Lai Ching-te wins Taiwan Presidential Election

Taiwan President-elect Lai Ching-te holds a press conference following his victory in Taipei, Taiwan, on Jan. 13, 2024.[VOA}

Taiwan’s ruling Democratic Progressive Party secured an unprecedented third consecutive presidential term Saturday, with the party’s candidate, current Vice President Lai Ching-te, winning 40% of the ballot.

He defeated Hou Yu-ih of the China-friendly opposition party Kuomintang, or KMT, and Ko Wen-je of the Taiwan People’s Party.

During his speech, Lai said his win was a victory for democracy.

“We are telling the international community that between democracy and authoritarianism, we will stand on the side of democracy,” he told a room of more than 100 local and international journalists.

He said that the Taiwanese people successfully resisted external forces’ attempts to interfere in the election, hinting at the wide range of tactics used by China during the monthslong presidential campaign.

“We trust that only the people of Taiwan have the right to choose their own president,” he said.

Lai said that because he and his vice-presidential candidate, Hsiao Bi-khim, were elected, Taiwan will continue to “walk on the right path forward.”

“We will not turn around or look backward,” Lai said.

Reiterating his commitment to maintaining peace and stability across the Taiwan Strait, Lai expressed his willingness to engage with Beijing on the basis of dignity and parity.

“We will use exchanges to replace obstructionism, dialogue to replace confrontation, and confidently pursue exchanges and cooperation with China,” he said. KMT’s Hou, a former police chief, gave his concession speech at 8 p.m., apologizing for failing to help the main opposition party return to power but emphasizing that he had done everything he could throughout the campaign.


“I’ve let you down, and I’m here to express my deepest apology,” he told a group of disappointed supporters and bowed twice.

Some analysts say the election outcome shows that more Taiwanese people support Taiwan in continuing the current administration’s foreign policy approach of maintaining a distance from Beijing and continuing to deepen ties with the United States.

“This result shows that many Taiwanese people approve the Tsai administration’s approach of building closer ties with like-minded countries,” Yen Wei-Ting, an expert on Taiwan politics at Franklin and Marshall College, told VOA by phone.

Other experts say the outcome also suggests that Taiwanese voters remain cautious about electing a leader who advocates closer ties with China. “This certainly shows that there’s no consensus on a more conciliatory approach with China,” Timothy Rich, an expert on Taiwan politics at Western Kentucky University, told VOA in a written response.

During the presidential campaign, the DPP’s Lai repeatedly characterized the election as “a choice between democracy and autocracy,” while the KMT’s Hou framed the election as “a choice between war and peace.”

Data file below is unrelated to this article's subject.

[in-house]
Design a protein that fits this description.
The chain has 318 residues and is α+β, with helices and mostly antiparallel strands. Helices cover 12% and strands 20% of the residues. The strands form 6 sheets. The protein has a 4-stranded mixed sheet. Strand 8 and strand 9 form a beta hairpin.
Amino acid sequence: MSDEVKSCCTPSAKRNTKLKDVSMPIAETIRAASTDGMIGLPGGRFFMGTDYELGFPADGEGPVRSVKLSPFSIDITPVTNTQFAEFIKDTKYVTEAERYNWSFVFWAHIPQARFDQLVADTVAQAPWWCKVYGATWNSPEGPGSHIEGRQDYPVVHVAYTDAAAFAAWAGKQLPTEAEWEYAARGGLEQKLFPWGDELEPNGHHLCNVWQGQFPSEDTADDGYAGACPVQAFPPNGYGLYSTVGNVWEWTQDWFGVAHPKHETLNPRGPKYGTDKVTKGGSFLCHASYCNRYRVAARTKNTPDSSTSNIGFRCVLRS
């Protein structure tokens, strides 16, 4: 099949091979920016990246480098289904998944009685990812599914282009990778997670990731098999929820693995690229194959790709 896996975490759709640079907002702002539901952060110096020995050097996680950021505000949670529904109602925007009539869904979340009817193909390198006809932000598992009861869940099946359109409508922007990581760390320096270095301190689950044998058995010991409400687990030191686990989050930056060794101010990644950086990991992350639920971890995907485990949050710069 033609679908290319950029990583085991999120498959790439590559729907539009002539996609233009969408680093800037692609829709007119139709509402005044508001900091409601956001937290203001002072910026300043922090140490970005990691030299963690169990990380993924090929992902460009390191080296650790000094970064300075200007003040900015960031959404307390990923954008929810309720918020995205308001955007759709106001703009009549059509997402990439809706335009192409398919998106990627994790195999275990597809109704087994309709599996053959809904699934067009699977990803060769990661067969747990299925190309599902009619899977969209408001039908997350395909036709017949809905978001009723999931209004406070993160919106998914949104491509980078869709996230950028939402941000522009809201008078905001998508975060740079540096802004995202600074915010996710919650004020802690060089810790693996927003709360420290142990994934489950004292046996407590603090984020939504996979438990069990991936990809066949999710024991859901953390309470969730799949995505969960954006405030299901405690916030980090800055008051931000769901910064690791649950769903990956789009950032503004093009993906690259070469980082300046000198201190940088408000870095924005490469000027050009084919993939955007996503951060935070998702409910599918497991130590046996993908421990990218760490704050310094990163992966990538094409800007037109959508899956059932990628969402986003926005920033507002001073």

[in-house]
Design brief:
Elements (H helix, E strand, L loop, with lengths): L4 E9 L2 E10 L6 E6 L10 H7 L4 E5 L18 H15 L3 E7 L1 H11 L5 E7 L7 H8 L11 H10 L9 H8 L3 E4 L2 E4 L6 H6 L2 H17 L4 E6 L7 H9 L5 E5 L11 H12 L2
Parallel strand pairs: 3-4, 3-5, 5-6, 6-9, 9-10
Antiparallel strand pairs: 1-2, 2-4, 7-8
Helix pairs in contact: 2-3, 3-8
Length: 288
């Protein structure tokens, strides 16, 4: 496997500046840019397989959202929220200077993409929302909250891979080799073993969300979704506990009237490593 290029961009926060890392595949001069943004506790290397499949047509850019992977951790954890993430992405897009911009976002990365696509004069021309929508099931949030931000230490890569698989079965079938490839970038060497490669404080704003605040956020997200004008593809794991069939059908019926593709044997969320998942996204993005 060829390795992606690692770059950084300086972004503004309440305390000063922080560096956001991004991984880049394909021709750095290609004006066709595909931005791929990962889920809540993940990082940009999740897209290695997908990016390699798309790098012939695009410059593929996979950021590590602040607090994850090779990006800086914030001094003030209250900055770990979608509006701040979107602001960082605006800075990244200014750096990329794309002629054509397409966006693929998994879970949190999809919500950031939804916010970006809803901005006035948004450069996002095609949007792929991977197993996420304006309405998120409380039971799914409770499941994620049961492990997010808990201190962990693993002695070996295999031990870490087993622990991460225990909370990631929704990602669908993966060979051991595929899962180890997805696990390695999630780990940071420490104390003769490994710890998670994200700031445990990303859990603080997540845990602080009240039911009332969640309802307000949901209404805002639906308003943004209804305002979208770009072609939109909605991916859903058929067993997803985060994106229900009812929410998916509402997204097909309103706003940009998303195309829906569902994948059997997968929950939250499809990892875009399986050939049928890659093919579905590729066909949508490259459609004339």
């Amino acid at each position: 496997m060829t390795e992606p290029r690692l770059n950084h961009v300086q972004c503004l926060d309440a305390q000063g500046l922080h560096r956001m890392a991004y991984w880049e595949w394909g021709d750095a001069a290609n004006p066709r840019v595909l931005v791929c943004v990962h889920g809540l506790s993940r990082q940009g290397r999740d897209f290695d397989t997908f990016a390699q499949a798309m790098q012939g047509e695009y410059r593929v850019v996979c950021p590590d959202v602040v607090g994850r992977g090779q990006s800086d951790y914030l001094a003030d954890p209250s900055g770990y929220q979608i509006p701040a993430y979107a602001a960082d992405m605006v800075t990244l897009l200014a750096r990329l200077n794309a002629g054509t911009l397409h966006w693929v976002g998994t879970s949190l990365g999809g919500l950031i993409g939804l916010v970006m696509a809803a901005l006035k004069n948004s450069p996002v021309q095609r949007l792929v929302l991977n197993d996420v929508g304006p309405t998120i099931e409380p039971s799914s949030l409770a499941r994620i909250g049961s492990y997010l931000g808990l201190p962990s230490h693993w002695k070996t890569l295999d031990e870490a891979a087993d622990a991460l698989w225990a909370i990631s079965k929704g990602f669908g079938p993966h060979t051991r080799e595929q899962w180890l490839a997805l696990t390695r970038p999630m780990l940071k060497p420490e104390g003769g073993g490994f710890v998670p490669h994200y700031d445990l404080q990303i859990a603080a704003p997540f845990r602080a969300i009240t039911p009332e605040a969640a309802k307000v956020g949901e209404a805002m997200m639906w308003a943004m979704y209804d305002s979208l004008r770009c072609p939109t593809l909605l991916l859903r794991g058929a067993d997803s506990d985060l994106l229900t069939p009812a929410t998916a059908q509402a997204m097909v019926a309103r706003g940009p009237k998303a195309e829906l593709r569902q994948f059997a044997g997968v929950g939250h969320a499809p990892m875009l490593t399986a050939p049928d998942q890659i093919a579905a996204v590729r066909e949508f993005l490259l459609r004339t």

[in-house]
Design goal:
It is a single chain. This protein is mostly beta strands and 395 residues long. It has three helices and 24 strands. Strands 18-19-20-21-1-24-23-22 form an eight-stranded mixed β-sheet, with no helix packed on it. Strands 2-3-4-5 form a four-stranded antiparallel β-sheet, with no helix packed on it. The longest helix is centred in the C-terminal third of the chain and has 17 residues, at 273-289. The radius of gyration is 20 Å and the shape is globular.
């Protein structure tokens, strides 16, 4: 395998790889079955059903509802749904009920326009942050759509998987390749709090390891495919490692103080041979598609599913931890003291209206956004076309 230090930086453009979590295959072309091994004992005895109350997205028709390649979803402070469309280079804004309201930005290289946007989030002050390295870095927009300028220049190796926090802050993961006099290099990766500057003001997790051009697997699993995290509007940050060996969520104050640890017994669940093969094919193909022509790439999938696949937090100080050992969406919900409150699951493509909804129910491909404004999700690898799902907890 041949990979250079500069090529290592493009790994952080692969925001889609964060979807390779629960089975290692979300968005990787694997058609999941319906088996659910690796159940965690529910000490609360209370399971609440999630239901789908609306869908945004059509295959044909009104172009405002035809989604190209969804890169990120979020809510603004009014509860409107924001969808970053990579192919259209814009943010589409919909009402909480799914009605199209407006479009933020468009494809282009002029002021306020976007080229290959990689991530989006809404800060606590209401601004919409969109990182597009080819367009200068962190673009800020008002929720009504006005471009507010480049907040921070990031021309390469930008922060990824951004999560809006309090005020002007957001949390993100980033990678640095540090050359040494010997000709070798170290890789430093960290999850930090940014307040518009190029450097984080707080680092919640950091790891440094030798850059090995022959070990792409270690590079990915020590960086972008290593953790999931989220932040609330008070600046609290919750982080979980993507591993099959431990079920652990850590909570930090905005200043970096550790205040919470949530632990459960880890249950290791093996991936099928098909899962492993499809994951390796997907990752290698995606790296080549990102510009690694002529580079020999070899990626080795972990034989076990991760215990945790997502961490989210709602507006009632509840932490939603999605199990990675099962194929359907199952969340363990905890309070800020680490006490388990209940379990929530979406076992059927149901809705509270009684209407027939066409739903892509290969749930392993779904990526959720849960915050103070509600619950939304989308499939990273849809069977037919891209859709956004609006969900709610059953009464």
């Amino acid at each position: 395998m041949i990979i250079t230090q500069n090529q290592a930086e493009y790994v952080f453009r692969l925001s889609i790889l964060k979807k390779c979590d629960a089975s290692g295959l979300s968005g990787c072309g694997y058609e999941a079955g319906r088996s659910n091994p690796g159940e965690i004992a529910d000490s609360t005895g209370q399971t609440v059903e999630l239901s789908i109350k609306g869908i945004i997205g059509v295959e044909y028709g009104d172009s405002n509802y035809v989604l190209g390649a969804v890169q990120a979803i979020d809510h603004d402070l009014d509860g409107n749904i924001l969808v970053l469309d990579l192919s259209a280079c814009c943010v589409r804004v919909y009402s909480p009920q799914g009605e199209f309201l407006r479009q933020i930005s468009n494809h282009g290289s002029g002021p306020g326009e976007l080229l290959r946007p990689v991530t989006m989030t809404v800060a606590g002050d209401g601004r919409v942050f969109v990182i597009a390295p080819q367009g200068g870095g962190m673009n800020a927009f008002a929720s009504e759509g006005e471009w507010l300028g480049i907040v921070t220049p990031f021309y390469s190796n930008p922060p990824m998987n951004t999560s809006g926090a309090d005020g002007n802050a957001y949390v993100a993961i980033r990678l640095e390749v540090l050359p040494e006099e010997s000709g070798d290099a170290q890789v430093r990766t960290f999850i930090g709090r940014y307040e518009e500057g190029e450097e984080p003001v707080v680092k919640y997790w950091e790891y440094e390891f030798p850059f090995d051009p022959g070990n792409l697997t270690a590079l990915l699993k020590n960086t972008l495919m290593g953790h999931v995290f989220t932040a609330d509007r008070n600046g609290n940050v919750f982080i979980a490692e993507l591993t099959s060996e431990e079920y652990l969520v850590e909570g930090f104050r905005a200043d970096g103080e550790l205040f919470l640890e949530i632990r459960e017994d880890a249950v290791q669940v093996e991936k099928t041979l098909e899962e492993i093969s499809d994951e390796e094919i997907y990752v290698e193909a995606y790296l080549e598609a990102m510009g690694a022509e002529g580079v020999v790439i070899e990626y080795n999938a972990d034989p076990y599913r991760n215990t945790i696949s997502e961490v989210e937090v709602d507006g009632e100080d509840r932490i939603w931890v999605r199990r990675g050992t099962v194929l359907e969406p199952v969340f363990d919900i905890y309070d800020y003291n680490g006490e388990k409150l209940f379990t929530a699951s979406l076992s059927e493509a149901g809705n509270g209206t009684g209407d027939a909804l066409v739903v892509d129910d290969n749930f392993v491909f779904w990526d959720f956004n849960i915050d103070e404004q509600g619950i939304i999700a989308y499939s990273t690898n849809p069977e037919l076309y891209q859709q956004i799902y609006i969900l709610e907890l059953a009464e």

Over the last few months, Lai focused on highlighting the threats posed by China’s growing military maneuvers around Taiwan and Beijing’s coercive economic measures. On the other hand, the KMT’s Hou vowed to restart a dialogue and exchange with China, blaming the DPP-led government for taunting Beijing and heightening the risk of a war across the Taiwan Strait over the last eight years.

Supporters of Taiwan People's Party presidential candidate Ko Wen-je, who has tried to present his party as an alternative to the two main parties, react to results of the presidential election in New Taipei City on Jan. 13, 2024.

Some Taiwanese voters told VOA they feel relieved because Lai’s victory suggests Taiwan will continue to deepen ties with like-minded democracies such as the U.S., an approach that can help counter Beijing’s growing pressure and threats.

“I think there won’t be much change to Taiwan’s diplomatic approach and defense policies, and this will allow Taiwan to further increase its international visibility, which is something positive for us,” Anthony Yang, a 36-year-old commercial airplane pilot in Taoyuan City, told VOA in a written response.

However, with no political party securing a majority in Taiwan’s legislature, Yang said he worries the DPP-led government won’t be able to easily implement certain policies, such as strengthening Taiwan’s defense capabilities.

“Since the DPP fails to secure a majority in the legislature, its attempt to implement policies won’t be smooth and Taiwan will likely make much less progress for the next four years,” he said.

While some voters feel relieved by the election outcome, others say nothing will change in Taiwan in the next four years and they worry China’s pressure on Taiwan will continue to increase.

“China will likely put more pressure on Taiwan, and it will be much harder for Taiwanese companies to do business in China,” Chin Szu, a 38-year-old engineer in Taipei City, told VOA in a phone call.

In his view, the next Taiwanese government should focus on improving Taiwan’s economy and avoid putting too much effort into confronting China. “They should do whatever they can to help improve Taiwan’s economy because that’s what many Taiwanese people like me would prefer,” Szu said.



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